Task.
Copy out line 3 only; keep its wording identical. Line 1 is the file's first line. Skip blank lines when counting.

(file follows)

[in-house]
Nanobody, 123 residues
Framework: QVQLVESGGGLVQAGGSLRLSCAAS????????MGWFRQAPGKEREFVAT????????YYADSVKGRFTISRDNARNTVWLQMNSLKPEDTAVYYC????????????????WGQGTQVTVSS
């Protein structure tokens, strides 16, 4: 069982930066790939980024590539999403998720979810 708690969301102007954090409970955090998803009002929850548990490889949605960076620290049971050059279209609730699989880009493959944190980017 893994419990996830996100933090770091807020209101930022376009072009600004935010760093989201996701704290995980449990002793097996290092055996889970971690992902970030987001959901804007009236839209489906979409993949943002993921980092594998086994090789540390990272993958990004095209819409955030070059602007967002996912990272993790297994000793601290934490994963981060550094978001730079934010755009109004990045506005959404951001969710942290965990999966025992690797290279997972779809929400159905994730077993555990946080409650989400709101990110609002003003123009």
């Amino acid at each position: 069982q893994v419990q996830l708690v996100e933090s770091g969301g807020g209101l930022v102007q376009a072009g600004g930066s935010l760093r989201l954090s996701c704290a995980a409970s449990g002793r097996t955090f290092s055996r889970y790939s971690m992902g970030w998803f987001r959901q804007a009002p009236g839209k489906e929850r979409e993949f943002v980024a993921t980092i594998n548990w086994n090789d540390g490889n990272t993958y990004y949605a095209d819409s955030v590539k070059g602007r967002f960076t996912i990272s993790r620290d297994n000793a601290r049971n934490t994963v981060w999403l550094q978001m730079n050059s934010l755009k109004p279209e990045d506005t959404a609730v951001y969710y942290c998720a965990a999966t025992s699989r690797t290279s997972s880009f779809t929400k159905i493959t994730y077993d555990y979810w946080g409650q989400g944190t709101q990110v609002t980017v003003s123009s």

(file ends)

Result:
Framework: QVQLVESGGGLVQAGGSLRLSCAAS????????MGWFRQAPGKEREFVAT????????YYADSVKGRFTISRDNARNTVWLQMNSLKPEDTAVYYC????????????????WGQGTQVTVSS